Often times, police officers face incredibly violent and difficult situations while in the line of duty. These stressful work conditions, coupled with emotional exhaustion, sometimes result in lives lost. Unfortunately, in the United States, lives lost due to police shooting seems to be an all too common occurrence. Even more tragic is that many times the victims were innocent and posed no direct threat to the responsible police officer. These officers are not likely to face charges other than paid suspension and the police department protects their names 20% of the time. The problem is so common that in 2015, for example, approximately 945 people were killed by police. As of July 2016, an estimated 971 people have died by police fire. This article takes a closer look at exactly who these police shooting victims are.
Analysis of Police Shootings by Race, Gender, Age, and Mental Health Status
Males in their Thirties and Early Forties the Most Common Victims
A brief glance at the statistics indicates alarming gender and racial disparities. For instance, the vast majority of police shootings are of men, 95.8% to be exact. Of all shootings, 35.8% of victims are between 30 and 44 years of age. Not only do men make up most of the deaths, but male police officers are generally responsible for these shootings as well. Female officers are rarely involved in shootings as they are more likely to resort to other deescalation methods.
Are African Americans More Likely to be Shot by Police?
What is perhaps most alarming about these statistics, is that African Americans make up 26% of police shooting deaths and another 50% are White. At face value, these numbers do not seem to suggest a problem with racism in the police force. However, African Americans only make up about 12.6% of the American population, while White Americans make up 72.4%. This discrepancy means that police are 2.5 times more likely to shoot African Americans. In contrast, 17.4% of victims are Hispanic, which more accurately reflects their share of the population. Approximately 6.6% of police shooting victims are of unknown race or ethnicity.
Of these deaths, most of the victims were armed. However, a large number of individuals were unarmed when shot by the police. In 2015, 40% of these unarmed victims were African American. The other 60% was made up of Whites, Hispanics, Asians, Native Americans, and other races. This is concerning because the police force consists of approximately 87% White male officers nationwide. Some people suggest that these incidences occur because African Americans are more likely to be involved in violent crimes or live in high-crime communities. Research, however, has suggested that there is no correlation between racial crime rates and racial bias in fatal police shootings.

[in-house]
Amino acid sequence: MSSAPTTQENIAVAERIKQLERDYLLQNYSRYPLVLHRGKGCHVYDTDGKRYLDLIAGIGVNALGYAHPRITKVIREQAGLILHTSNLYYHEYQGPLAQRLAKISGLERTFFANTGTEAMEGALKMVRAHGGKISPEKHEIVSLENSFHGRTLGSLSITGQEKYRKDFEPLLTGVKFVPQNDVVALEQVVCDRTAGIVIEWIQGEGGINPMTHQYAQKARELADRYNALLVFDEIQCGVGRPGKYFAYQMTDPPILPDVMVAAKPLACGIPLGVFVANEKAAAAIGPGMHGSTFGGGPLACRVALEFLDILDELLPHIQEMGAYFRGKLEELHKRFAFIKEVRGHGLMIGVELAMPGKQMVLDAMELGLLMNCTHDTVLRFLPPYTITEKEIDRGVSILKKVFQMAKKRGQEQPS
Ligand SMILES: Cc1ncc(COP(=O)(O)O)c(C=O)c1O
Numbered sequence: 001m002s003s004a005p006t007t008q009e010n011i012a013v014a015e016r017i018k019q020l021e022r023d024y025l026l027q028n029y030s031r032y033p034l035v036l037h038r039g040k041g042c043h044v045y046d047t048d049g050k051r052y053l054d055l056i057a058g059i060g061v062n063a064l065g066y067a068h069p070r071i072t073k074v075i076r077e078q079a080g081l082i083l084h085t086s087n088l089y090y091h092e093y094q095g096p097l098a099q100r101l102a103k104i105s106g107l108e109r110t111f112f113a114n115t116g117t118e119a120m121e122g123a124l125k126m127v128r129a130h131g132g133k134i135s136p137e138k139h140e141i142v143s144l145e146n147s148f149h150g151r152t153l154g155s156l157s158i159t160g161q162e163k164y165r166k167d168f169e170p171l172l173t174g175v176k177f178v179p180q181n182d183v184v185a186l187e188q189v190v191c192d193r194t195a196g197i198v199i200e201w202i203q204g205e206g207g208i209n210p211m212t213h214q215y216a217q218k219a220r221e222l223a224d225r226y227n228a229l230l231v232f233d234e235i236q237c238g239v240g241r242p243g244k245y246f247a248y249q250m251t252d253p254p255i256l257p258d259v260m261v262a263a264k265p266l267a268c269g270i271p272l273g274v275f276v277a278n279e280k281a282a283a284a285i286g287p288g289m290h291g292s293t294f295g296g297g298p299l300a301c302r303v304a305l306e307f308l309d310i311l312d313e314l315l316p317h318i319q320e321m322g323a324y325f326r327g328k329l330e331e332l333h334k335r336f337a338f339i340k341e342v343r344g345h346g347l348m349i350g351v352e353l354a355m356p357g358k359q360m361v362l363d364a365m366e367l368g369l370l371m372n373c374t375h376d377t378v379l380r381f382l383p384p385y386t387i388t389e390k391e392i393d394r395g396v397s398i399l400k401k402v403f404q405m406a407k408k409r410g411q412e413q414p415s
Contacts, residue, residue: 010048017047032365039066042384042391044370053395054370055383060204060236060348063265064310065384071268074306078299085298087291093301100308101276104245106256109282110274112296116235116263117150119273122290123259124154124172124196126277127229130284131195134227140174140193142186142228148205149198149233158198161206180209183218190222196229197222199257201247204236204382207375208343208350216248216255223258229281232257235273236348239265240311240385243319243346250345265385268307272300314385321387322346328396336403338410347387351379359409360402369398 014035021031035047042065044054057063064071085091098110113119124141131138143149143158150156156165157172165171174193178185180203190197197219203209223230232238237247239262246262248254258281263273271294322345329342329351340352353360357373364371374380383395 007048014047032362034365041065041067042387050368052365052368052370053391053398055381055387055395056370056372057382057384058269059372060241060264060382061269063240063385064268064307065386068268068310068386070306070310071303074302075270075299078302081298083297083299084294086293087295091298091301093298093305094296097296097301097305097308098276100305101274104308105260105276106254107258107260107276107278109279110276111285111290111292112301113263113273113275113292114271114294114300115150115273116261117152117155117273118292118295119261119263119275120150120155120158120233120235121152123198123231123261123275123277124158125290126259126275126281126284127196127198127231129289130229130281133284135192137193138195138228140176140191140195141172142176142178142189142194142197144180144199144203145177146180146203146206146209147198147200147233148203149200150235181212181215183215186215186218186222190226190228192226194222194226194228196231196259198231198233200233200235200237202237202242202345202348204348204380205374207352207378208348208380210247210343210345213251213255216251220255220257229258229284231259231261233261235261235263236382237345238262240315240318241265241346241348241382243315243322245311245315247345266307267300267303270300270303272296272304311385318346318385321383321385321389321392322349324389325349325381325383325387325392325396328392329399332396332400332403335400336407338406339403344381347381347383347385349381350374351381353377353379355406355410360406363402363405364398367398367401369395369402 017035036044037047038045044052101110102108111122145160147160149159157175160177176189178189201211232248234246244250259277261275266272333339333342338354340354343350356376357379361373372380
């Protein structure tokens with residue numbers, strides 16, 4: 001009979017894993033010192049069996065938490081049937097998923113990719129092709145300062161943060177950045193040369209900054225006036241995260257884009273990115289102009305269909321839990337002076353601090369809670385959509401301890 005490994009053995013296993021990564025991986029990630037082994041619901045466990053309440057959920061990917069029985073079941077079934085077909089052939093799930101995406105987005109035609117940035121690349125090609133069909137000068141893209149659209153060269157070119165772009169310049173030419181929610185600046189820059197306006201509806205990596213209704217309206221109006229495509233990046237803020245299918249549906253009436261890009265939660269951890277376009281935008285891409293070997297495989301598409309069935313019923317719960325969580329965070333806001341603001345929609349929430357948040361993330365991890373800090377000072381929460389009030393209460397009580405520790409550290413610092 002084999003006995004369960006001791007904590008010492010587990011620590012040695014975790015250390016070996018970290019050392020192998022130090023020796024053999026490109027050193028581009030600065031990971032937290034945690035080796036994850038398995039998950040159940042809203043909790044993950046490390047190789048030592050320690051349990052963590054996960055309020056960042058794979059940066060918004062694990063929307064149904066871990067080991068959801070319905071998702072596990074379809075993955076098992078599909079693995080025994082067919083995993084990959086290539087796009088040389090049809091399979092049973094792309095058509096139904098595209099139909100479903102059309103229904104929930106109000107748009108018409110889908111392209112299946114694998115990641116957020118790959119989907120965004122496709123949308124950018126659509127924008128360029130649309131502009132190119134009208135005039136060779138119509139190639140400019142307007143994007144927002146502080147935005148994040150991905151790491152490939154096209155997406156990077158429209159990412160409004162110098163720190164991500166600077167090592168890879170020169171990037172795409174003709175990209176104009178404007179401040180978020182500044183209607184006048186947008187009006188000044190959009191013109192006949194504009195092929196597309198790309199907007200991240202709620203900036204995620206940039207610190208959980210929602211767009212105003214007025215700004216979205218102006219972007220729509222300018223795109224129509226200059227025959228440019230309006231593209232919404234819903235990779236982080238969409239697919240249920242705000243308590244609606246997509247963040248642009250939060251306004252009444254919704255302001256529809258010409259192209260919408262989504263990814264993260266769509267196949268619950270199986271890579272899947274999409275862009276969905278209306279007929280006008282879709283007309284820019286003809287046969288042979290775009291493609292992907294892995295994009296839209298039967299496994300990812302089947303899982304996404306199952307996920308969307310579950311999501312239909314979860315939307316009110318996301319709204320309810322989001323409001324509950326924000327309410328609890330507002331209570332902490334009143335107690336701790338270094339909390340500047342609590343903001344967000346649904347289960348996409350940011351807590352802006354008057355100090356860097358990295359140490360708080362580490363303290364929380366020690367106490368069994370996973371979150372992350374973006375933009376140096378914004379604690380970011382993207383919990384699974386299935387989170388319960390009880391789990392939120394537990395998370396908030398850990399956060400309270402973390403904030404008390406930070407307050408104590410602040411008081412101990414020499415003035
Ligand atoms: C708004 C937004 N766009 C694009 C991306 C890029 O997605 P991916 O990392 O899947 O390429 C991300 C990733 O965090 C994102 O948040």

Around one-quarter (25.6%) of police shooting victims are later discovered to be mentally ill. This percentage is calculated by family or police department reporting. Unreported mental illnesses go uncounted. Based on this number, people with mental illnesses are 4 times more likely to be shot by police. This tragedy is often attributed to police training. Typical police response involves yelling commands in order to assume control of the situation. With individuals with mental illnesses or in a mental health crisis, this approach is counterproductive and can quickly escalate a situation. Experts suggest police should remain calm and speak in lower volumes.
How Do We Reduce Police Shootings in the United States?
Given that police shootings are increasingly becoming a more prevalent and visible concern within the United States, many experts have suggested new processes and procedures for decreasing the frequency of such incidents. Most of these suggestions involve new training programs that focus on conflict avoidance. Others suggest a mixture of retraining old staff and bringing on new staff, primarily women and people of non-white ethnicities. Critics of conflict avoidance training suggest that this approach could cause unnecessary pauses when police should be acting quickly, potentially leading to increased police deaths. One thing is clear, if police shootings continue to go unpunished and unaddressed, the problem will likely increase.
|Demographic||Share of Americans Shot By Police in 2015|
|Other or Unknown Race or Ethnicity||6.6%|
|30 to 44 years old||35.8%|